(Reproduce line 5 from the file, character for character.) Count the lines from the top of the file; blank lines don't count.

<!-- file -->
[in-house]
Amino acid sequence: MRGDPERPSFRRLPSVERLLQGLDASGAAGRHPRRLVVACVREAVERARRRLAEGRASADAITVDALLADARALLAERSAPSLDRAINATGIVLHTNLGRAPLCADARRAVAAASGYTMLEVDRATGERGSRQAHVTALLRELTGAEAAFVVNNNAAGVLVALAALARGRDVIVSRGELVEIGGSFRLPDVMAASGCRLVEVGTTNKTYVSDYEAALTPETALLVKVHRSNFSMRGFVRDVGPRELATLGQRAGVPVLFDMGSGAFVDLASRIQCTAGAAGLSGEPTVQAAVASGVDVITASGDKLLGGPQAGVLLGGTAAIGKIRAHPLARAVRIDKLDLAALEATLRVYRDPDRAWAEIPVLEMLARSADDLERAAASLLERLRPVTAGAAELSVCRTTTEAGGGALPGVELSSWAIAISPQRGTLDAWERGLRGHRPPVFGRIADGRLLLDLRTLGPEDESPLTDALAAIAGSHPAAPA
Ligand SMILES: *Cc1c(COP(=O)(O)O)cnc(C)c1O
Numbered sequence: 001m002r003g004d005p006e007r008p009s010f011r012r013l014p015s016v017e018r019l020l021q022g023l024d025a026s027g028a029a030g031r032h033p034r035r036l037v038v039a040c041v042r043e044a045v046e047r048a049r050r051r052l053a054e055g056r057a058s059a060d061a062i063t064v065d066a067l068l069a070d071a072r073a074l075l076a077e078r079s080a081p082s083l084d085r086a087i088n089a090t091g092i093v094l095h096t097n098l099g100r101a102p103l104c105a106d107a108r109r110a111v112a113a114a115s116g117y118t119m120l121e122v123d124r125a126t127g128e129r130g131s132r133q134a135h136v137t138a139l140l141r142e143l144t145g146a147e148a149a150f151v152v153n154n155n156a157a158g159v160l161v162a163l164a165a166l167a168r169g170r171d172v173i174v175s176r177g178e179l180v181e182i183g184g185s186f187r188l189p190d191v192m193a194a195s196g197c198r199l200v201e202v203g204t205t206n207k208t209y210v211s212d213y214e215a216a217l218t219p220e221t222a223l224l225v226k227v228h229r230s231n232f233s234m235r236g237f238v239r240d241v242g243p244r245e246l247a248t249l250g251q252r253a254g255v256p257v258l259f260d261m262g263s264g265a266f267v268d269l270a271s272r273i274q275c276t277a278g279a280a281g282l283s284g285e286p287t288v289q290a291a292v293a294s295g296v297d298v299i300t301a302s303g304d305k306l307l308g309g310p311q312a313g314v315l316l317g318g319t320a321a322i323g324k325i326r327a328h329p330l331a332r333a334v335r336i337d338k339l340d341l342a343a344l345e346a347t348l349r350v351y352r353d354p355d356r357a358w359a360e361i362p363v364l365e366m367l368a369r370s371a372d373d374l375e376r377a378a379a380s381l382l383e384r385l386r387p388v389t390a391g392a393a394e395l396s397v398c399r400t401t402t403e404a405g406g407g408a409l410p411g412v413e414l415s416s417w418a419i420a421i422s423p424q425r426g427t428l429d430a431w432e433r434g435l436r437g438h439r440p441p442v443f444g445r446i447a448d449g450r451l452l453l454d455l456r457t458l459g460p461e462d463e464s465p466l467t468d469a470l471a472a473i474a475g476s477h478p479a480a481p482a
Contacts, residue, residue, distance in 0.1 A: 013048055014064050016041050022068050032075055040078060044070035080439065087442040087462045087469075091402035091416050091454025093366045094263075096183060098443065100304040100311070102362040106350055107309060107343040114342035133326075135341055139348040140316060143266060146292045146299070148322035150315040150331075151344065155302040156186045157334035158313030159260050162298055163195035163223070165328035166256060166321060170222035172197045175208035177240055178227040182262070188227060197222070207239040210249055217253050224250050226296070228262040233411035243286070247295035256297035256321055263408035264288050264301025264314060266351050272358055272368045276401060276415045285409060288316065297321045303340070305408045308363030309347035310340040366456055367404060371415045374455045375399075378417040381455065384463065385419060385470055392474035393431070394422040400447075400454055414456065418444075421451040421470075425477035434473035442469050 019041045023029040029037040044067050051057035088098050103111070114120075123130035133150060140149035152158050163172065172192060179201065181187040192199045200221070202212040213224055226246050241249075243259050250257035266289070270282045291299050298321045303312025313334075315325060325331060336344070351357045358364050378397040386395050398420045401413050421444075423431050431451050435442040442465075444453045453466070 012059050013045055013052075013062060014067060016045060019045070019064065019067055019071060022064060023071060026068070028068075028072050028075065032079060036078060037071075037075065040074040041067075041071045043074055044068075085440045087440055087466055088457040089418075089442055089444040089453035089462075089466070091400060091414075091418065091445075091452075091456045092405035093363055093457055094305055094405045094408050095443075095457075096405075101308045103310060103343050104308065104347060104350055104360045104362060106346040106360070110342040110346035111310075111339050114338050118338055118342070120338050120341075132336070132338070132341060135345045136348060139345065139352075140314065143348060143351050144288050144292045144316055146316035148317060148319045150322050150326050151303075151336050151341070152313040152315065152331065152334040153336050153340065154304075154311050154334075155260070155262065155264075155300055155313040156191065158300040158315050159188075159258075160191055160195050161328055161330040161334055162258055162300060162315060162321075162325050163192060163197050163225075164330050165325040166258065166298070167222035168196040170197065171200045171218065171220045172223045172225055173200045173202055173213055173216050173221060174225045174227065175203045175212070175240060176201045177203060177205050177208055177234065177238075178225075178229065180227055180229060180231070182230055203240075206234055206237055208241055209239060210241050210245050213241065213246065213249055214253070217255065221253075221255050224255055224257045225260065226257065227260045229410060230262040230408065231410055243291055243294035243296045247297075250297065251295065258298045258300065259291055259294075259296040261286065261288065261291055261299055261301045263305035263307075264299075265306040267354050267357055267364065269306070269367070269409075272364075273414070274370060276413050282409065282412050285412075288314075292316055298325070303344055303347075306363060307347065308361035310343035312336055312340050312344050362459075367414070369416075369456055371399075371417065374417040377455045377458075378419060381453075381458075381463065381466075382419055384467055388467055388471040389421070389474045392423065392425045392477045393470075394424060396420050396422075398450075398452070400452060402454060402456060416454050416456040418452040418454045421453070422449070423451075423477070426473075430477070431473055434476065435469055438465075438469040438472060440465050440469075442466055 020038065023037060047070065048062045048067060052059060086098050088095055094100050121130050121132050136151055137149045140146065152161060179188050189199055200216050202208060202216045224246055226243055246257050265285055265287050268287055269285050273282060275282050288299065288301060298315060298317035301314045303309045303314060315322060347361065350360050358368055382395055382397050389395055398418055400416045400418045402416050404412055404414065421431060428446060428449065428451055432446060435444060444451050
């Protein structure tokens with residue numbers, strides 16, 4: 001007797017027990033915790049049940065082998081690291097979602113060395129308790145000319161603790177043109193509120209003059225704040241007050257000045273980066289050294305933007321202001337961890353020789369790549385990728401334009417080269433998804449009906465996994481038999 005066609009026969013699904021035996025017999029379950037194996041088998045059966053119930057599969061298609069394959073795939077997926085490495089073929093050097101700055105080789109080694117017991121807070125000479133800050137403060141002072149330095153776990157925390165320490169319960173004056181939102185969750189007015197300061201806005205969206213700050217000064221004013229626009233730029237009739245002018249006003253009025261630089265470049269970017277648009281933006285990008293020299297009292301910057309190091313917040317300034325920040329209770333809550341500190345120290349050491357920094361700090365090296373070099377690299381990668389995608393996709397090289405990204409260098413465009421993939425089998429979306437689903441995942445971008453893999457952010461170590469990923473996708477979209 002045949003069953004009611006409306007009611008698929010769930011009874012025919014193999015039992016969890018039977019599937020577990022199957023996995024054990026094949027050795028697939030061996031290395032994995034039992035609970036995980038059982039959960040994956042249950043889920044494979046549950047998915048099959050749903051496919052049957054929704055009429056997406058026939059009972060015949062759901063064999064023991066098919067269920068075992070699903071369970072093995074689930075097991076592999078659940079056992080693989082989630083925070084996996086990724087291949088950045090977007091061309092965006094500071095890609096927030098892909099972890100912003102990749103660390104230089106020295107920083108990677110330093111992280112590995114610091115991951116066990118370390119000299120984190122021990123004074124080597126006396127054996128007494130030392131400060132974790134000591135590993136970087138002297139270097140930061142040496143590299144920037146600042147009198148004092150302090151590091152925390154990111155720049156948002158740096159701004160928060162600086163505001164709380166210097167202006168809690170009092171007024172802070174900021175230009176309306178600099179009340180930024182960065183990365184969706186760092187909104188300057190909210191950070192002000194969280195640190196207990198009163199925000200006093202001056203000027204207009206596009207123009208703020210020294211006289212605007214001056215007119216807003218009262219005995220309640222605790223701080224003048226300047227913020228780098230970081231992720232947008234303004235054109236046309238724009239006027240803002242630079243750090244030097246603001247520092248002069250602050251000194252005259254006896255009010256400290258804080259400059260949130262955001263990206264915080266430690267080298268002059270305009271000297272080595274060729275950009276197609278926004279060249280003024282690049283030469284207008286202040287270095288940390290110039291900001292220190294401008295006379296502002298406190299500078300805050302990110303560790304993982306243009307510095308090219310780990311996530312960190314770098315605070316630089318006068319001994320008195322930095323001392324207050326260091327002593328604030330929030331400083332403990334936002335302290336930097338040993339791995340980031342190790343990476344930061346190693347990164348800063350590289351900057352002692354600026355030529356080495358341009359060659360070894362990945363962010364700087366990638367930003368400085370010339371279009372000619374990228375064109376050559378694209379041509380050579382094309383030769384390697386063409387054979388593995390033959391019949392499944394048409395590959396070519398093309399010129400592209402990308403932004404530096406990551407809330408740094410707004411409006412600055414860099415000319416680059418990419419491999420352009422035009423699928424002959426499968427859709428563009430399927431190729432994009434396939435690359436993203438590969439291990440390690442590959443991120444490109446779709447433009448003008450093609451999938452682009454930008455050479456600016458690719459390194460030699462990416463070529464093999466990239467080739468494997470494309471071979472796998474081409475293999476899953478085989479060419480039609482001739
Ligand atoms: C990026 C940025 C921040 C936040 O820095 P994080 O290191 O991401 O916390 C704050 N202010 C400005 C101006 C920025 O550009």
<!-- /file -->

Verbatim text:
Contacts, residue, residue, distance in 0.1 A: 013048055014064050016041050022068050032075055040078060044070035080439065087442040087462045087469075091402035091416050091454025093366045094263075096183060098443065100304040100311070102362040106350055107309060107343040114342035133326075135341055139348040140316060143266060146292045146299070148322035150315040150331075151344065155302040156186045157334035158313030159260050162298055163195035163223070165328035166256060166321060170222035172197045175208035177240055178227040182262070188227060197222070207239040210249055217253050224250050226296070228262040233411035243286070247295035256297035256321055263408035264288050264301025264314060266351050272358055272368045276401060276415045285409060288316065297321045303340070305408045308363030309347035310340040366456055367404060371415045374455045375399075378417040381455065384463065385419060385470055392474035393431070394422040400447075400454055414456065418444075421451040421470075425477035434473035442469050 019041045023029040029037040044067050051057035088098050103111070114120075123130035133150060140149035152158050163172065172192060179201065181187040192199045200221070202212040213224055226246050241249075243259050250257035266289070270282045291299050298321045303312025313334075315325060325331060336344070351357045358364050378397040386395050398420045401413050421444075423431050431451050435442040442465075444453045453466070 012059050013045055013052075013062060014067060016045060019045070019064065019067055019071060022064060023071060026068070028068075028072050028075065032079060036078060037071075037075065040074040041067075041071045043074055044068075085440045087440055087466055088457040089418075089442055089444040089453035089462075089466070091400060091414075091418065091445075091452075091456045092405035093363055093457055094305055094405045094408050095443075095457075096405075101308045103310060103343050104308065104347060104350055104360045104362060106346040106360070110342040110346035111310075111339050114338050118338055118342070120338050120341075132336070132338070132341060135345045136348060139345065139352075140314065143348060143351050144288050144292045144316055146316035148317060148319045150322050150326050151303075151336050151341070152313040152315065152331065152334040153336050153340065154304075154311050154334075155260070155262065155264075155300055155313040156191065158300040158315050159188075159258075160191055160195050161328055161330040161334055162258055162300060162315060162321075162325050163192060163197050163225075164330050165325040166258065166298070167222035168196040170197065171200045171218065171220045172223045172225055173200045173202055173213055173216050173221060174225045174227065175203045175212070175240060176201045177203060177205050177208055177234065177238075178225075178229065180227055180229060180231070182230055203240075206234055206237055208241055209239060210241050210245050213241065213246065213249055214253070217255065221253075221255050224255055224257045225260065226257065227260045229410060230262040230408065231410055243291055243294035243296045247297075250297065251295065258298045258300065259291055259294075259296040261286065261288065261291055261299055261301045263305035263307075264299075265306040267354050267357055267364065269306070269367070269409075272364075273414070274370060276413050282409065282412050285412075288314075292316055298325070303344055303347075306363060307347065308361035310343035312336055312340050312344050362459075367414070369416075369456055371399075371417065374417040377455045377458075378419060381453075381458075381463065381466075382419055384467055388467055388471040389421070389474045392423065392425045392477045393470075394424060396420050396422075398450075398452070400452060402454060402456060416454050416456040418452040418454045421453070422449070423451075423477070426473075430477070431473055434476065435469055438465075438469040438472060440465050440469075442466055 020038065023037060047070065048062045048067060052059060086098050088095055094100050121130050121132050136151055137149045140146065152161060179188050189199055200216050202208060202216045224246055226243055246257050265285055265287050268287055269285050273282060275282050288299065288301060298315060298317035301314045303309045303314060315322060347361065350360050358368055382395055382397050389395055398418055400416045400418045402416050404412055404414065421431060428446060428449065428451055432446060435444060444451050